Keep a journal and take notes after every major trading decision or mistake you make, especially the decisions that maximized your profit or minimized your loss – or caused you a lot of pain.

Reflect on what you are doing regularly, at least weekly, and come up with creative ideas on how to eradicate your negative trading traits from your performance. This could be as simple as leaving sticky notes on your computer screen to read every day.

The best way to start if you are slack with discipline (like I was) is to just pick the worst part of your trading and focus on that with a Kaizen approach.

For me, when I first started this process, it was risking too much. So I decided on a new rule, that I would only risk 1% of my capital per trade.

It was tough to stick to at first, but it did not take very long for good risk management to become a habit as I immediately saw the beneficial effects.

The rest slowly began to fall into place after that.

Adjust the Plan

The biggest problem I had once I began managing my risk properly was over-trading. I was so enthusiastic for trading action that I would take any setup that presented itself, no matter how mediocre.

This was a slightly harder problem to fix and a problem I still struggle with at times, especially on Mondays when I am pumped to trade again after the weekend. The key to this problem was to simply develop stricter rules around what a valid setup is so that I had less sub-par trading opportunities to choose from.

Any time I encountered a situation where I was unsure if I should take the trade or not for whatever reason, I would tweak my trading plan’s rules to reflect a solution to this problem and re-test the strategy until I found a set of rules that produced an edge while reducing the ambiguity in my setups.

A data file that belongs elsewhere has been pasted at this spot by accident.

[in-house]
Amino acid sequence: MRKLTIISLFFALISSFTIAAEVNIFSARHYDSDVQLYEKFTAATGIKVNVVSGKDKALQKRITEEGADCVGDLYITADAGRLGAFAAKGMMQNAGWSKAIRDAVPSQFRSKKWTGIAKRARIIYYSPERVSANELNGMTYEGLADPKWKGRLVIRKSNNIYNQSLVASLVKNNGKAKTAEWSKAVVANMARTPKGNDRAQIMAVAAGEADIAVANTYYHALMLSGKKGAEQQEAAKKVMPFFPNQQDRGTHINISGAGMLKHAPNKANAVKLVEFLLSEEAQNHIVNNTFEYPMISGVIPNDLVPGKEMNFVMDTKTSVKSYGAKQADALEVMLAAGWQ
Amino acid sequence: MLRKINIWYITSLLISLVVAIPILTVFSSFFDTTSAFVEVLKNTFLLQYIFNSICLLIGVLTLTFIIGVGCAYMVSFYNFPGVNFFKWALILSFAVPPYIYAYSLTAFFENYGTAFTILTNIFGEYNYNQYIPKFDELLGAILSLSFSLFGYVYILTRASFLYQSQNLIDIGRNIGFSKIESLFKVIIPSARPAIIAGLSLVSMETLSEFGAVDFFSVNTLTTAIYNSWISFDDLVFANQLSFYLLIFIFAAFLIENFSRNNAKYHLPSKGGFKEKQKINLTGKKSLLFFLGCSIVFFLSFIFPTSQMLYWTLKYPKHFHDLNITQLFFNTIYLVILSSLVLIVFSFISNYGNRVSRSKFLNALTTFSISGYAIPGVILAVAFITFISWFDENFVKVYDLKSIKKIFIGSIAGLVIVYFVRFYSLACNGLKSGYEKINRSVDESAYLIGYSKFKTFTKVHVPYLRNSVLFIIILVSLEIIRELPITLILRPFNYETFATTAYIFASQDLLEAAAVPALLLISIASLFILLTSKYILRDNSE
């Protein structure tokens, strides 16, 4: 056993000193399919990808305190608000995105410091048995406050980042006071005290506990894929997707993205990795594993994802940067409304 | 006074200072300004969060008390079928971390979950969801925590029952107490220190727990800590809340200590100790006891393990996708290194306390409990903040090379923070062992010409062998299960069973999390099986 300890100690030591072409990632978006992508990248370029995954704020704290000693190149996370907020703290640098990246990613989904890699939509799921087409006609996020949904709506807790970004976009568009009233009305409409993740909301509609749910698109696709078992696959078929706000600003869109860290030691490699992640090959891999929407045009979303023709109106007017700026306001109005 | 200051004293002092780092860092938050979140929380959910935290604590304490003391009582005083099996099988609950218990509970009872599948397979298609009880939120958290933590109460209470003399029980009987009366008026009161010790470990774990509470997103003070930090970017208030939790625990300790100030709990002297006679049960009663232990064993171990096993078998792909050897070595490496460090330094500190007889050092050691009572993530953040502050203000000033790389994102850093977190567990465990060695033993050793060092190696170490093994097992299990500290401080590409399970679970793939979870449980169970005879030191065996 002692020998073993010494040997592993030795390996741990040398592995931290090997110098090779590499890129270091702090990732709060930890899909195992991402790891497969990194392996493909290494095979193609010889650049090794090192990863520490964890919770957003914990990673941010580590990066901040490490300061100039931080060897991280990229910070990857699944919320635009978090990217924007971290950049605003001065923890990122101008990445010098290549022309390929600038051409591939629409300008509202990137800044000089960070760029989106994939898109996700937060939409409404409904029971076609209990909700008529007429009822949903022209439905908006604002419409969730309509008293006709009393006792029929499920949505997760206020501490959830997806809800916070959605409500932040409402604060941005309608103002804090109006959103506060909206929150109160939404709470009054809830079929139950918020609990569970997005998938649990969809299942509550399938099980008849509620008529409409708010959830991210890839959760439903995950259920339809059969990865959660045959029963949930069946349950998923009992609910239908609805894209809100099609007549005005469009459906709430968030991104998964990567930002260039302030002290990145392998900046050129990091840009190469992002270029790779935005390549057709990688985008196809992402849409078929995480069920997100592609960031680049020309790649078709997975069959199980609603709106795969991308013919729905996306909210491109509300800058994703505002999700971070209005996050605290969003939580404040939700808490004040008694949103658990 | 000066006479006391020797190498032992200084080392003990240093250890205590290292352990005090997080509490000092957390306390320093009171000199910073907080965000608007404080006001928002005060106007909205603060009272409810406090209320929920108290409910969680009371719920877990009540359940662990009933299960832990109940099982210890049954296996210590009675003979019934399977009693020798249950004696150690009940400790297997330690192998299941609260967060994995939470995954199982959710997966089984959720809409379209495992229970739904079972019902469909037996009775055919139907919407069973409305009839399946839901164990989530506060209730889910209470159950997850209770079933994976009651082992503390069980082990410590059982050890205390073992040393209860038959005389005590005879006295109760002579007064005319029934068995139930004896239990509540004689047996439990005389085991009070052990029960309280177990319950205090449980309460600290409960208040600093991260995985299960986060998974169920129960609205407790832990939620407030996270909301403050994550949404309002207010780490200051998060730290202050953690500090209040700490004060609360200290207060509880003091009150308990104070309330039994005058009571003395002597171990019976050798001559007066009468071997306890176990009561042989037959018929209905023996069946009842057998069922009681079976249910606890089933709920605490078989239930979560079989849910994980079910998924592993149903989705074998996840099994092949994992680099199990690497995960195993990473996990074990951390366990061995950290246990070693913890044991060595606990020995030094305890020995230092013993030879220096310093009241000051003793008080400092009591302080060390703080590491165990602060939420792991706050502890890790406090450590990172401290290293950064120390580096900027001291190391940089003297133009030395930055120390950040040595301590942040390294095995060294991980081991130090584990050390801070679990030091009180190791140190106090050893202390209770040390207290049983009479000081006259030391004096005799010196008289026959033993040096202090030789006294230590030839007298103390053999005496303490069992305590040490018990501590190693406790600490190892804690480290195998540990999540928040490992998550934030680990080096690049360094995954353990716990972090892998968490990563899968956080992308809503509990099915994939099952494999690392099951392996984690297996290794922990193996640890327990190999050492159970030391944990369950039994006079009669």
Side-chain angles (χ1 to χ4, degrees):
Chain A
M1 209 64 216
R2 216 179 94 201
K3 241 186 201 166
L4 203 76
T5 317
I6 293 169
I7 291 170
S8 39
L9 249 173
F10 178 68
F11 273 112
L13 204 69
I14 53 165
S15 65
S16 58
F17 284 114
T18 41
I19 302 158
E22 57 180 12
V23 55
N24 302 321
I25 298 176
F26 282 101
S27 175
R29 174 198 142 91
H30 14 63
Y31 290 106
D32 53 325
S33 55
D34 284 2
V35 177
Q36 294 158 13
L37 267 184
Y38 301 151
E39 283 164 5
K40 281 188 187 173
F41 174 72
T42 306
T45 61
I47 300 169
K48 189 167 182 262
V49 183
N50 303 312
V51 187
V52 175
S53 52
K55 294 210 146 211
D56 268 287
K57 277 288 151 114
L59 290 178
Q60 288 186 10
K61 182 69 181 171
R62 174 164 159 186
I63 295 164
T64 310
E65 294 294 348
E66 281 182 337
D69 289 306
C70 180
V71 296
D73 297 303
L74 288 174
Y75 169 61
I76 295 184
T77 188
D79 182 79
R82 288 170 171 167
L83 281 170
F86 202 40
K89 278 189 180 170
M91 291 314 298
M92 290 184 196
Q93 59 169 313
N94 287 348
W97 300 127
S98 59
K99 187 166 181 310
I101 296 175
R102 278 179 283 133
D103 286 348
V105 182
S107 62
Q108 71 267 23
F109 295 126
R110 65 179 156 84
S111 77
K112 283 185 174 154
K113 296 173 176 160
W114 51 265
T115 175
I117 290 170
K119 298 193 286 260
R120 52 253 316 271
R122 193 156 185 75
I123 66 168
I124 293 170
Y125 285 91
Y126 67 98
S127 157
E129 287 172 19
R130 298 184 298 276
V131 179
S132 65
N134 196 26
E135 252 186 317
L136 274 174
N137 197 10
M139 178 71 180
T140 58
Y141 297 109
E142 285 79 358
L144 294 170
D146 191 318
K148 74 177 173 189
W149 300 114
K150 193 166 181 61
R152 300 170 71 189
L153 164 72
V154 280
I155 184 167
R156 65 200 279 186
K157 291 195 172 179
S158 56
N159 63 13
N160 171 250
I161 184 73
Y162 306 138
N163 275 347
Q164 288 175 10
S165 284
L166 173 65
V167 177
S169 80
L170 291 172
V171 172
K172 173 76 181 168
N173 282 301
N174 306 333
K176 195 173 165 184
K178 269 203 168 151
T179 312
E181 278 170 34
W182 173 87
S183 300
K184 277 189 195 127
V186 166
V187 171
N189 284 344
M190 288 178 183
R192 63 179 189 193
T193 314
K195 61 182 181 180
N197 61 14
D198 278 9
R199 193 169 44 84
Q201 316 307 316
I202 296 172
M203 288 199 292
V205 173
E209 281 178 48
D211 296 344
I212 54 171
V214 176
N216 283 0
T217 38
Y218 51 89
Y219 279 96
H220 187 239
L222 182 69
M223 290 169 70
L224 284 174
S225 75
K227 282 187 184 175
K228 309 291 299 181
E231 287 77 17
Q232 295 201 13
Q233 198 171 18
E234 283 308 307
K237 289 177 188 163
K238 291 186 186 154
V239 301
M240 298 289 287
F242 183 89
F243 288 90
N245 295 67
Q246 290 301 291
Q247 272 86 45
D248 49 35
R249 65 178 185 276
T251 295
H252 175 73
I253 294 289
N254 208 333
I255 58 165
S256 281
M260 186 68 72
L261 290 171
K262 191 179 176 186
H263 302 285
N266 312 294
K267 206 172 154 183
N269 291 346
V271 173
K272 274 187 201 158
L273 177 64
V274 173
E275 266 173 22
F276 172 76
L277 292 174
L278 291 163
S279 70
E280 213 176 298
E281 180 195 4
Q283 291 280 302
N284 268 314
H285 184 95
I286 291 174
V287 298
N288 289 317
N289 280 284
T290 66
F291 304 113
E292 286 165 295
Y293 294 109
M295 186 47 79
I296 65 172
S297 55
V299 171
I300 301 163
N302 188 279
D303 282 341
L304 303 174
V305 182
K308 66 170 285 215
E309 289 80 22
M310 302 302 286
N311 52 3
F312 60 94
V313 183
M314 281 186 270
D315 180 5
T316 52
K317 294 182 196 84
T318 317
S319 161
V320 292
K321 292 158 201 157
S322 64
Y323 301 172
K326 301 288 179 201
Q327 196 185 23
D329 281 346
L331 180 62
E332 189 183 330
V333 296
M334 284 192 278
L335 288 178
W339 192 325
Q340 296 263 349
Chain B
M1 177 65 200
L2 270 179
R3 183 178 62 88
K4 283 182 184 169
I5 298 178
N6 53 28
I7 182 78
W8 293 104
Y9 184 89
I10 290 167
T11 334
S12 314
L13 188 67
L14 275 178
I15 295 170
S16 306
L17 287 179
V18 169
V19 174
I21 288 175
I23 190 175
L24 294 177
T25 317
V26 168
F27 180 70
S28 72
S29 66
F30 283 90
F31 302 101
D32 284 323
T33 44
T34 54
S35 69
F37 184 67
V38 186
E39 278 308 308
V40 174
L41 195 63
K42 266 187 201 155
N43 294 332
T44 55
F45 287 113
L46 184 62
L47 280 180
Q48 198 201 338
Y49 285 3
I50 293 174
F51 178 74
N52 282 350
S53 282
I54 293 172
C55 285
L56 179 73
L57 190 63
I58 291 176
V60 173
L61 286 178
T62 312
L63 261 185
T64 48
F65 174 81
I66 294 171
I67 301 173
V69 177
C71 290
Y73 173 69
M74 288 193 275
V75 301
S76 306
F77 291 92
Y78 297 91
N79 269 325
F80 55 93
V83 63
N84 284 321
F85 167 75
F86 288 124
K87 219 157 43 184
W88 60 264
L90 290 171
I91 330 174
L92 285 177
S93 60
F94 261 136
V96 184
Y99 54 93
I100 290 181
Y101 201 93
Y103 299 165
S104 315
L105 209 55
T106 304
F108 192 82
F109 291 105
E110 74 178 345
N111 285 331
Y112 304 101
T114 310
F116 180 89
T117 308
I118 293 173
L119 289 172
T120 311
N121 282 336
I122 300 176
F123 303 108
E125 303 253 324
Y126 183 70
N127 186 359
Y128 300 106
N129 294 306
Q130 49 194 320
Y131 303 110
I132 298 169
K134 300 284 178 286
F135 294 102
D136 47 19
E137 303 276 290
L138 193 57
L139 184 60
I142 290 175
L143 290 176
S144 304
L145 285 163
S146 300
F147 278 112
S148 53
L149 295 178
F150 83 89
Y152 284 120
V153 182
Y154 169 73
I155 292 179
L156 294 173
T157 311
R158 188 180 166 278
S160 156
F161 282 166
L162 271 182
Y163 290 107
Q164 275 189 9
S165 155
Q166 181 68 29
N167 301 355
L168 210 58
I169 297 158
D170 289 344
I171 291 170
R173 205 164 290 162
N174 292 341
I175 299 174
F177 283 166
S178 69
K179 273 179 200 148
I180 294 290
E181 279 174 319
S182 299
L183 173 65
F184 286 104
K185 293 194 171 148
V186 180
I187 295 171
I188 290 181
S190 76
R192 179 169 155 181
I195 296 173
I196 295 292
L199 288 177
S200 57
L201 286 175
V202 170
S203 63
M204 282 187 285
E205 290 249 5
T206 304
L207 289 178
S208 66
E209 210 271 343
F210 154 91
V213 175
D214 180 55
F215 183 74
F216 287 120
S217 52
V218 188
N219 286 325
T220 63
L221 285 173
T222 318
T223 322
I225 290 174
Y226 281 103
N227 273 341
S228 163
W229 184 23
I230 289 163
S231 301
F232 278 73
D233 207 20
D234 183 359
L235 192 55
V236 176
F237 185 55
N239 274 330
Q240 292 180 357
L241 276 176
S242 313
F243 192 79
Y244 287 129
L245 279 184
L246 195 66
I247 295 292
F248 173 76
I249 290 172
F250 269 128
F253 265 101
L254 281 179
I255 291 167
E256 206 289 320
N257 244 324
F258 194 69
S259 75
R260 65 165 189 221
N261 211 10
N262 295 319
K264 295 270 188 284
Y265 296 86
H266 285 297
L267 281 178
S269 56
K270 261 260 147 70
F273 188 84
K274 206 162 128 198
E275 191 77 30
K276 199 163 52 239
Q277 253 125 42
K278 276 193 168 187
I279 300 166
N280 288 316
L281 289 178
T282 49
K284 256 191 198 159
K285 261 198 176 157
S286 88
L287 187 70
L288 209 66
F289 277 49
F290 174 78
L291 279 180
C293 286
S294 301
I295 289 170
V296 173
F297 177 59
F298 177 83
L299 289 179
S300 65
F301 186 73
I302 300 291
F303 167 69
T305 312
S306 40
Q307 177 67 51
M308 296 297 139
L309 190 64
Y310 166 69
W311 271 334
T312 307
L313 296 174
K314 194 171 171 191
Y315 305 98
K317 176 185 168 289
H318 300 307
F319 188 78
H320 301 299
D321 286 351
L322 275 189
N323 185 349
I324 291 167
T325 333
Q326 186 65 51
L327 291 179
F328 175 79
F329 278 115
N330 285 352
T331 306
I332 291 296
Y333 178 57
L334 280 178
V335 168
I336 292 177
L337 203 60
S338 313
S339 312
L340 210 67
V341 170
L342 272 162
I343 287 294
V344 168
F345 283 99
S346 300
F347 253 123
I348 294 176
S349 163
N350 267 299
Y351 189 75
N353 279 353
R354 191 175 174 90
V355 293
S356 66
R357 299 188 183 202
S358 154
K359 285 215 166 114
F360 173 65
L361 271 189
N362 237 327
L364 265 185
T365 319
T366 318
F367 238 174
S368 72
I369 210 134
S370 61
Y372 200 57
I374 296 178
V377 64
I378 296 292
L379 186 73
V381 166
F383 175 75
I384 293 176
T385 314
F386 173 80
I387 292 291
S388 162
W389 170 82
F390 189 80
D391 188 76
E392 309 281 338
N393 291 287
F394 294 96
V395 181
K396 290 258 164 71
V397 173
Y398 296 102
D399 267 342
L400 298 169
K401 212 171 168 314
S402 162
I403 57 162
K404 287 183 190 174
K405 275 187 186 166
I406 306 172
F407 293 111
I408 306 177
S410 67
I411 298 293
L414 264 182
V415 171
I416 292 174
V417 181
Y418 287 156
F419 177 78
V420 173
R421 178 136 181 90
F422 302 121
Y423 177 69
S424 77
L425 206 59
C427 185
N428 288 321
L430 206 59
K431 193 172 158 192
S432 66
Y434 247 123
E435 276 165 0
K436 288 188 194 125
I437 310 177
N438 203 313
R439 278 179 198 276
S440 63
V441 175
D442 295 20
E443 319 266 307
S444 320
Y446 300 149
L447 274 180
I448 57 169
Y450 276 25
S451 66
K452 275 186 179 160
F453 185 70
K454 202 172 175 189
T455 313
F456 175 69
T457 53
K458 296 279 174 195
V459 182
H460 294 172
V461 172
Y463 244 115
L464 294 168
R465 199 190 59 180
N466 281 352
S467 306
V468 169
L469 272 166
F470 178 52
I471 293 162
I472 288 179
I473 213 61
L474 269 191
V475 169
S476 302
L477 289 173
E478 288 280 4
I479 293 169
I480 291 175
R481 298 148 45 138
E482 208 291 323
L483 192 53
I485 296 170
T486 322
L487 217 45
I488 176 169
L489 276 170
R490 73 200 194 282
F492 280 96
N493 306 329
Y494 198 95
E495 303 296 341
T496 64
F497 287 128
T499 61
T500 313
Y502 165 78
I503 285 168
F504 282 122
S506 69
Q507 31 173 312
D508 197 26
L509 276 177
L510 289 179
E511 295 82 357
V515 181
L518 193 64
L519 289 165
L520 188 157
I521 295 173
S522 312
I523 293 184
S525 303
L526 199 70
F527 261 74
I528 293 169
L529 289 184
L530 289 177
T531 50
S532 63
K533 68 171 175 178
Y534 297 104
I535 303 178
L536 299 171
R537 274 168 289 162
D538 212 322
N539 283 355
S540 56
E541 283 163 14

If you don’t trust the plan then it’s impossible to trade it consistently. So if you notice that there is something in your plan that is resulting in outcomes you want to avoid, then adjusting the trading plan rather than employing “gut instinct” or bending the rules is always a better option.

You want to be in a position where you know exactly what you should be doing at all times. Then, not only do you reduce trading anxiety, but you also make it much easier for yourself to collect the detailed statistics which will be required to improve your edge over time.

Obviously this is a limited process as you cannot reduce all uncertainty in trading, and sometimes circumstances will surprise you. But your goal is not to reduce uncertainty in the market, but rather to reduce the uncertainty in your own mind when presented with a trading opportunity or decision.


The end goal is to be in a place where you can take a trade and not care if it wins or loses, but only that you followed your rules. Once you are in this place, making profits becomes almost effortless (so long as you have good rules that produce an edge, of course).

A consistently profitable trader does not judge the quality of a trade by whether it won or lost, but by how closely their management of it matched their trading plan. Once you get to that place as a trader, making money is merely a side-effect of your doing the right thing every day.

When you feel good because you followed your plan well, despite being in a drawdown or having a losing day, then you are in exactly the right position to become a consistently profitable trader.